Familiarity Breeds Success For Mililani’s Efficient Offense

Coming out of spring practice last May, Mililani head football coach Rod York already knew that if his team was to be undone this fall, it would have to come from without, and not from within. Cohesiveness would not be a problem, he was sure.

“The team is close this year,” said York. “They’re like brothers – like a family. Last year, we had 11 new starters on the offense, and the team chemistry wasn’t there. It got a lot better as the season went on, but it was a little too late. This team really bonded from the beginning. We made sure we did a lot of team-bonding activities, and it’s made a big difference.”

Mililani had won six games in a row heading into last Friday’s OIA Division I championship game with Kahuku, having already wrapped up one of the league’s three berths for this week’s state tournament. Among the tournament field, the Trojans may be one of the most balanced teams, as they have been stellar on both sides of the ball for much of the season.

Offensively, a year after inexperience undermined their momentum, they and quarterback Jarin Morikawa have grown into one of the state’s most efficient units. Mililani entered last weekend averaging 359 yards a game, including 290 per game through the air. Morikawa is putting the closing touches on a great senior season with 32 touchdowns against only eight interceptions.

“He’s been outstanding,” York said of Morikawa, who has thrown for 2,868 yards. “He’s been good at going to his open spots, getting the ball out (of his hands), and spreading the ball around to different people. He’s the commander – and that’s good because we have the ball in his hands on almost every play.”

Morikawa’s strong arm and quick release are why he’s one of the state’s top playmakers. Coupled with Mililani’s strong line play up front, the Trojans have yielded few sacks to the opposition this season.

Mililani’s offense also features game-changers in receivers Ekolu Ramos (16.3 yards per catch, seven touch-downs), Erren Jean-Pierre (16.4, six TDs), Kainoa Wilson (five TDs), Preston Sinn and Colton DayacosGaspar. In the backfield, running backs Dayton Furuta (12 TDs), Kamalii OlayanKeawe and Antonio Boies all are averaging better than 4.8 yards a carry.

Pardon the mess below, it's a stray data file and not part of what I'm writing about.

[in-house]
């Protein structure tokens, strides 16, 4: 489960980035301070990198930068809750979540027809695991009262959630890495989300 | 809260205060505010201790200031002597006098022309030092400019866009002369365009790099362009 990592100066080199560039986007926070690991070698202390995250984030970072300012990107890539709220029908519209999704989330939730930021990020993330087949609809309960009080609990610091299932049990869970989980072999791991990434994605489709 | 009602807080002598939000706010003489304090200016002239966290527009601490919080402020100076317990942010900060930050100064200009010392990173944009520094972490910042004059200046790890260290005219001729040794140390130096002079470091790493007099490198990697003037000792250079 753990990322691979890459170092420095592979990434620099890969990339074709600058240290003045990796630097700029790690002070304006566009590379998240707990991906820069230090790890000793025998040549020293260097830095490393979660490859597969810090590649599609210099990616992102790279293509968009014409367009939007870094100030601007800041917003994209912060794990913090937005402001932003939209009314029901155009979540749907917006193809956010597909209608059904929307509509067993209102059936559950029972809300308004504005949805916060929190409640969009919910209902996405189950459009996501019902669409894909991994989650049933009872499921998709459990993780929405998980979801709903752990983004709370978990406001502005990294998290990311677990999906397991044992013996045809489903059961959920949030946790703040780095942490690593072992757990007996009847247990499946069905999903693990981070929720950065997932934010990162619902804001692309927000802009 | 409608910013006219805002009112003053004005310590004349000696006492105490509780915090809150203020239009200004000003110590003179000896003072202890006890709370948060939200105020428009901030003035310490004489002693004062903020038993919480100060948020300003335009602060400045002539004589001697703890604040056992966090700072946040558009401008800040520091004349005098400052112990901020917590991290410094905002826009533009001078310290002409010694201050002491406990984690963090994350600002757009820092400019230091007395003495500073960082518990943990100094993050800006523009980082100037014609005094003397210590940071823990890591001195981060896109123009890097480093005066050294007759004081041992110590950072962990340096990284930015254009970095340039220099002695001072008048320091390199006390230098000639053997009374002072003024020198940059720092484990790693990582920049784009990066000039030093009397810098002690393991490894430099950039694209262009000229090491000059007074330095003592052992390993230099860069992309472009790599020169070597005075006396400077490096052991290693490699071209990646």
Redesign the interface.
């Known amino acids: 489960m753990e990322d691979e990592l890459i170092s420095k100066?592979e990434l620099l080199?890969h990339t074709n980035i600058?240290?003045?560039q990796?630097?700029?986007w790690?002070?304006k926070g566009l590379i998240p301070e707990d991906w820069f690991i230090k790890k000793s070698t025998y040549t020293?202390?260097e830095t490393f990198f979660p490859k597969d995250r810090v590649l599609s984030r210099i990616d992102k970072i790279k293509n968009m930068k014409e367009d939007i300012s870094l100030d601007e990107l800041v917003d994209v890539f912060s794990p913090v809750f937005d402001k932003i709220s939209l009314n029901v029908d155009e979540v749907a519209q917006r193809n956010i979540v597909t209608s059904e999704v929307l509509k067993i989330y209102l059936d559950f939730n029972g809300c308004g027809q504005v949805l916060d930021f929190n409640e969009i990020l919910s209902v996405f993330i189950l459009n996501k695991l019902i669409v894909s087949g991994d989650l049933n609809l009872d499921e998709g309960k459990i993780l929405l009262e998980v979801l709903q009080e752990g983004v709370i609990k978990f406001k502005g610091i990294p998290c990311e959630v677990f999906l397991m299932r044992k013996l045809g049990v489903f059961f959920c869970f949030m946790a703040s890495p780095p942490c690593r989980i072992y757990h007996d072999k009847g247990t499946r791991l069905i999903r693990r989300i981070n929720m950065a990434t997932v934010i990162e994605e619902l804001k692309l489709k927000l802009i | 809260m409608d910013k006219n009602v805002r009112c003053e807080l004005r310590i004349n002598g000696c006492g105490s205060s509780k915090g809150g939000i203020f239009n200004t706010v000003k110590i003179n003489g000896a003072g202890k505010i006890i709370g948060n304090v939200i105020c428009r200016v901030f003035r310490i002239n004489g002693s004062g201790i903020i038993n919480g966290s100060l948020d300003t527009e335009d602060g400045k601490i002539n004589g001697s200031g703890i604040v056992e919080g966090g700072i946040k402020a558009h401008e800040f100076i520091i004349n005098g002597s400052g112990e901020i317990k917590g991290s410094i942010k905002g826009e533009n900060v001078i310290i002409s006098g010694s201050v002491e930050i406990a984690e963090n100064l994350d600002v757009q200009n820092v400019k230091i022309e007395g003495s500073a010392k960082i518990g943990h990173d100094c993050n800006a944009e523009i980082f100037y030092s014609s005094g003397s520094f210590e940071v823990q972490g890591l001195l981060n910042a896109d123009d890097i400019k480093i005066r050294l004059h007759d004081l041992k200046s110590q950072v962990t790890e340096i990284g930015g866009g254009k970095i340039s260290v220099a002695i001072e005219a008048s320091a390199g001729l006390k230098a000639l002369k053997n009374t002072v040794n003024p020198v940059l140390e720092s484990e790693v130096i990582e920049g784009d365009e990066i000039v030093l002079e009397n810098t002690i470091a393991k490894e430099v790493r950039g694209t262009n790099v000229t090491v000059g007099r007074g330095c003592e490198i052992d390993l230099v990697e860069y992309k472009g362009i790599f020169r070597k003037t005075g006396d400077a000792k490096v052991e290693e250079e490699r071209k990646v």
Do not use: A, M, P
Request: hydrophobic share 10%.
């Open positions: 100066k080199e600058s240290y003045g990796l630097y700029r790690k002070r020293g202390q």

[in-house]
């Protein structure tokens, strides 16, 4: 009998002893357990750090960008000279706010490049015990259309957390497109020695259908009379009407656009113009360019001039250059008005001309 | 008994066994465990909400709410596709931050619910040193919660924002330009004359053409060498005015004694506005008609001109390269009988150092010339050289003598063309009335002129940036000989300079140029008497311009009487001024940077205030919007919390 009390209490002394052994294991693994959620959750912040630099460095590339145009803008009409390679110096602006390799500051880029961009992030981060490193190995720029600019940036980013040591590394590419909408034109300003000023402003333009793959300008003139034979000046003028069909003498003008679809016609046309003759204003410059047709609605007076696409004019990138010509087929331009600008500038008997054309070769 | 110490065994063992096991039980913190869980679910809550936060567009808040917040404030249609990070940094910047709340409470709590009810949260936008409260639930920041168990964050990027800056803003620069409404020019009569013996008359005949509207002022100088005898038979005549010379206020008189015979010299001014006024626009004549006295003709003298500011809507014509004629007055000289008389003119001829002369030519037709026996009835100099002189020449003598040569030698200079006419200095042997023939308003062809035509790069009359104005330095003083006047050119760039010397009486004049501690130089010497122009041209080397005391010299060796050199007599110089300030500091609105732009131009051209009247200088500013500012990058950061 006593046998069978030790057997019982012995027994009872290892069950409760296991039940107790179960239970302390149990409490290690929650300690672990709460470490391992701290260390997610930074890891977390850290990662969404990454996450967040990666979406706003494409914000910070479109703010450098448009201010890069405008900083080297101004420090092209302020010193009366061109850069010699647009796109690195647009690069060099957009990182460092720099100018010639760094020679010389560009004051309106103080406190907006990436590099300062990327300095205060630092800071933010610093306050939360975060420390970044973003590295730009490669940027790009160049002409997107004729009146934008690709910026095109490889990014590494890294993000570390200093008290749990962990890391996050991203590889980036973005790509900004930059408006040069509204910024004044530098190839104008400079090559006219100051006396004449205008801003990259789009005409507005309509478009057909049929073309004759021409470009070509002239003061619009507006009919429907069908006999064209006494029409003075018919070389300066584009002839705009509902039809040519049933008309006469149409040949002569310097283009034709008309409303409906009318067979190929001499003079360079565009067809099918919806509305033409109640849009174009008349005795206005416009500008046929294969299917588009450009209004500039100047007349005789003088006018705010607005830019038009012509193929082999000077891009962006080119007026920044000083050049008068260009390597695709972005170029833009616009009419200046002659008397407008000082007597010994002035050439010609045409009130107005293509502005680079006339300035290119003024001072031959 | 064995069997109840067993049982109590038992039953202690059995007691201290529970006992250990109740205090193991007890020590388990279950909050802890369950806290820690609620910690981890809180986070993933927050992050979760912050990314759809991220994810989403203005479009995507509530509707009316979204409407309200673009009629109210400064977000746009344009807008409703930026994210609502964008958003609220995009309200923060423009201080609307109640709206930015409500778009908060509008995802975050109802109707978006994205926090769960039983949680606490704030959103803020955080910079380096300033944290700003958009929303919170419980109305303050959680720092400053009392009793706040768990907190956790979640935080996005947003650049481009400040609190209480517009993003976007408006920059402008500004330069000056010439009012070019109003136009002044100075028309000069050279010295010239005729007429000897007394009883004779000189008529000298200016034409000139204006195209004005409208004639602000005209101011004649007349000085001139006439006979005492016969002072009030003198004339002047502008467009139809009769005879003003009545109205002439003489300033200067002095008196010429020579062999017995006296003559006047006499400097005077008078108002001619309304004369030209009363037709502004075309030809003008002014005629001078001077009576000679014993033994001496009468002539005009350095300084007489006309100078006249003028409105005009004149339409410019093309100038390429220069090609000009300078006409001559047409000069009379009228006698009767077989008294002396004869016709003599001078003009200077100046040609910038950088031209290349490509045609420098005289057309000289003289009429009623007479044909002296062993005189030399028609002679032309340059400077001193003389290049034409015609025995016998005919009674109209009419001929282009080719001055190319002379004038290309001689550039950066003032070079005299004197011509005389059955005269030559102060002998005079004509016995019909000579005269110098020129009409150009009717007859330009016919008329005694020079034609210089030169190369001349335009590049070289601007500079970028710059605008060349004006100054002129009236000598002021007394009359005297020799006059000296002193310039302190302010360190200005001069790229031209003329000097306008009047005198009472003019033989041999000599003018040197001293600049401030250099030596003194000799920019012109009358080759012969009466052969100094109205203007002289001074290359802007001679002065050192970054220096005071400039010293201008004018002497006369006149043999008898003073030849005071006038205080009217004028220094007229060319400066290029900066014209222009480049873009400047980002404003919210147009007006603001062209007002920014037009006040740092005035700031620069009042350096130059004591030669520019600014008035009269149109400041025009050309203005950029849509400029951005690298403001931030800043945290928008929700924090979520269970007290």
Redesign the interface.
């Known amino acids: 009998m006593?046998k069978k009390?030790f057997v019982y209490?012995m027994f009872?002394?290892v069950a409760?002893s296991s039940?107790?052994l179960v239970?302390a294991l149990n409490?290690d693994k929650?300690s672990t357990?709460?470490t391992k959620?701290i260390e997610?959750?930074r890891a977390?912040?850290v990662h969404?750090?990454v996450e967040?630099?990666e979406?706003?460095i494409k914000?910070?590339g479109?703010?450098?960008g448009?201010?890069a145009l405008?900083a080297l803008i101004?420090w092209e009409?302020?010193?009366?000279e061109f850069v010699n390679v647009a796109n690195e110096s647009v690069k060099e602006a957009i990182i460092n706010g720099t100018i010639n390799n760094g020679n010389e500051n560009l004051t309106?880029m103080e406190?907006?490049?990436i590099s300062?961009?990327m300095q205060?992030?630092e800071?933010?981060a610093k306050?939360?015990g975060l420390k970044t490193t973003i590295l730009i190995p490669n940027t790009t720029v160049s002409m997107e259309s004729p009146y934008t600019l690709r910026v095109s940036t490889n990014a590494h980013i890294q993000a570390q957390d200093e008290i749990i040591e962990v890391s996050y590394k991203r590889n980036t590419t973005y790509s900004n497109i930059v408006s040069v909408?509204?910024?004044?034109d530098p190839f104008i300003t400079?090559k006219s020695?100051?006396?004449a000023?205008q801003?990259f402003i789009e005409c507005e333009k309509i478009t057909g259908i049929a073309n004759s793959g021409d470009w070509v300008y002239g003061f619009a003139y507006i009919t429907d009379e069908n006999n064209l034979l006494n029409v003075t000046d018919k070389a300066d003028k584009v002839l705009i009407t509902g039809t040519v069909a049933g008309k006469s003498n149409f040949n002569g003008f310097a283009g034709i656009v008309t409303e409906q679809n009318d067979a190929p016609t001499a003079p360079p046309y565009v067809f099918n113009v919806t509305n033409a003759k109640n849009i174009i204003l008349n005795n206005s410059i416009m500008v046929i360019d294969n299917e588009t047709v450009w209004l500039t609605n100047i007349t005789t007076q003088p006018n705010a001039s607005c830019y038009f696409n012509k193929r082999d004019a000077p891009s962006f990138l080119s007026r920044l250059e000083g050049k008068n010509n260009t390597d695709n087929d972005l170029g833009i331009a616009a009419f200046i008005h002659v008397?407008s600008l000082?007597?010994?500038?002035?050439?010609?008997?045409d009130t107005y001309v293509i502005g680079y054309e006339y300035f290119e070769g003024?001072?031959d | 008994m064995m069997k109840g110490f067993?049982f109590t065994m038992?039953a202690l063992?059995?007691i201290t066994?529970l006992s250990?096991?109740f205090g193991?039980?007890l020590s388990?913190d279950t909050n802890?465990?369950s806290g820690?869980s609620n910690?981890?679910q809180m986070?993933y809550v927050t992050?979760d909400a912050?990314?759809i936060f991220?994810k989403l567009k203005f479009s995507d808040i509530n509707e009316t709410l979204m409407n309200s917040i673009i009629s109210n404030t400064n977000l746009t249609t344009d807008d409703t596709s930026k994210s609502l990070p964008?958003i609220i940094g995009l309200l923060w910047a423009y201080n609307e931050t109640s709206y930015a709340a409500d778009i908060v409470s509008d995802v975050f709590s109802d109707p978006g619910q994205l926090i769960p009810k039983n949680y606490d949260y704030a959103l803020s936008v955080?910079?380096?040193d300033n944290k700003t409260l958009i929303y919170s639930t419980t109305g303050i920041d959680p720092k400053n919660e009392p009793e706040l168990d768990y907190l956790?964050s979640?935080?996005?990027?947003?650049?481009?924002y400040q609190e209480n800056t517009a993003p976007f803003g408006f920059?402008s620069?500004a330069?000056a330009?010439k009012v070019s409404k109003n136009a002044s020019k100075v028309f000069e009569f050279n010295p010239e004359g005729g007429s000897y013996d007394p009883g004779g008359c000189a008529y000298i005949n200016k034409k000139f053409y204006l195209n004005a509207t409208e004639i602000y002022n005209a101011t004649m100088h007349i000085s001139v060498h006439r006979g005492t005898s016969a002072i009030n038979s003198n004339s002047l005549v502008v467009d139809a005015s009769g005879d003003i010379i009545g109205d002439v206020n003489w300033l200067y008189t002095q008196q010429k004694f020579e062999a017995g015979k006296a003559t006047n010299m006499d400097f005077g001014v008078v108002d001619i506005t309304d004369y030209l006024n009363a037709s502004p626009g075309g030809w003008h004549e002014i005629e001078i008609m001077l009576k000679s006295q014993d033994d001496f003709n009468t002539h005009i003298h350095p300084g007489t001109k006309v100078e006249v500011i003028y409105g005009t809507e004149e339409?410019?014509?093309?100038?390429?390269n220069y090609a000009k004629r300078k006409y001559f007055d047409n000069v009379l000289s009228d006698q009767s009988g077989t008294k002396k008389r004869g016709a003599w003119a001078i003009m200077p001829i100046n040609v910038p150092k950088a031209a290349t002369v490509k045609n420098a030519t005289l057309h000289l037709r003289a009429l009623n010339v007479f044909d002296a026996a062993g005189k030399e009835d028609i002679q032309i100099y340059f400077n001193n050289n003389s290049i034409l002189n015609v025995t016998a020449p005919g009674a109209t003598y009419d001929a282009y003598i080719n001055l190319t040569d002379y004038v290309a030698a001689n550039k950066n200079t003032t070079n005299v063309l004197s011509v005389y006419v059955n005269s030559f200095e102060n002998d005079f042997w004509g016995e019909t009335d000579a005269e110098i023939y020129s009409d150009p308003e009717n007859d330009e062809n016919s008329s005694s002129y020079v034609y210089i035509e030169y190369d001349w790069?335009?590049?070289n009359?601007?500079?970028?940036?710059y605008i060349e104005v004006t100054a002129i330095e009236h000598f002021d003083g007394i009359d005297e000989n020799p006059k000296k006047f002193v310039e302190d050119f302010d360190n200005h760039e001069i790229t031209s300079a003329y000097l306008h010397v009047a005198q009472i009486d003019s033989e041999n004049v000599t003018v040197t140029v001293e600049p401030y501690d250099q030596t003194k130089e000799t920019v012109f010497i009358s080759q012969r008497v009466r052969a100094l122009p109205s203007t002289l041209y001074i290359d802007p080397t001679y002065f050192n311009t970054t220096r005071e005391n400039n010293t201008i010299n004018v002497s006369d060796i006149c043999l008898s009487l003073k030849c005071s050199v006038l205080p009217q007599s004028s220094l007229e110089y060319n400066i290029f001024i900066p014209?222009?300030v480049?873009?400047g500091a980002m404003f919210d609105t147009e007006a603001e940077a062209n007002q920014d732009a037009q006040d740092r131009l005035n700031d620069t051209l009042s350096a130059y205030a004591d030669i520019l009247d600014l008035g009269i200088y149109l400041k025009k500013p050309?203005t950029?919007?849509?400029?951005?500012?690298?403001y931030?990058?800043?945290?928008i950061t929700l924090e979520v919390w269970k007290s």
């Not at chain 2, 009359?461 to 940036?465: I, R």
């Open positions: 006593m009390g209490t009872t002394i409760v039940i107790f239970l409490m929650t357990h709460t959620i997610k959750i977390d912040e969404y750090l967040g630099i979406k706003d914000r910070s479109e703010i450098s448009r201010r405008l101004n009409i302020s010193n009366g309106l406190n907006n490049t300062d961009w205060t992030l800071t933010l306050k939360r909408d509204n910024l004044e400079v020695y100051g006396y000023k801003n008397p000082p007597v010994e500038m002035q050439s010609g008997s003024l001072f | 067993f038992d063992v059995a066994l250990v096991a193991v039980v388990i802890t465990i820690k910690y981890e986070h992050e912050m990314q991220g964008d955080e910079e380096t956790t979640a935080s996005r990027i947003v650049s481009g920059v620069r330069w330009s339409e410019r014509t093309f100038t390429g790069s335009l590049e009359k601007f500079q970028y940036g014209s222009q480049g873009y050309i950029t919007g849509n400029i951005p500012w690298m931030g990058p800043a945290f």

As well as the offense has performed, the defense usually sets the tone, having given up just 13.7 points per outing to date. Mililani has been especially stout against the run, yielding only 101 yards on the ground to opponents per game.

“They’re definitely the key,” York said of his defense. “We lean on them every game, and in every single game, they’ve played well. Not many teams have scored more than twice on us.”

York revealed that standout defensive tackle Rex Manu will miss the state tournament with a torn MCL, but the team is healthy elsewhere on the defensive side. Senior Nathan Ortiz has moved into one tackle spot in the interior to compensate for the loss of Manu. The front seven also features line-backers Dayton Furuta, Mike Atuaia and Jacob Afele and linemen Mene Perese, Dakota Turner and KK Padello. Beau Winchester, Kainoa Souza-Paaluhi, Ian Namu and Bronson Kaleinamoku-Chun make up the secondary.

Special teams usually play a big role in the post-season, and York is counting on solid play from the Trojans in that regard. “We can still be better (on special teams),” he said. “The kids have worked hard on it. Jarin is probably averaging 45 yards on his punts, and we’ve gotten the few onside kicks we’ve tried. We haven’t broken any returns past the 50, but we usually get it to the 35 or 40 so we’re usually starting with good field position.”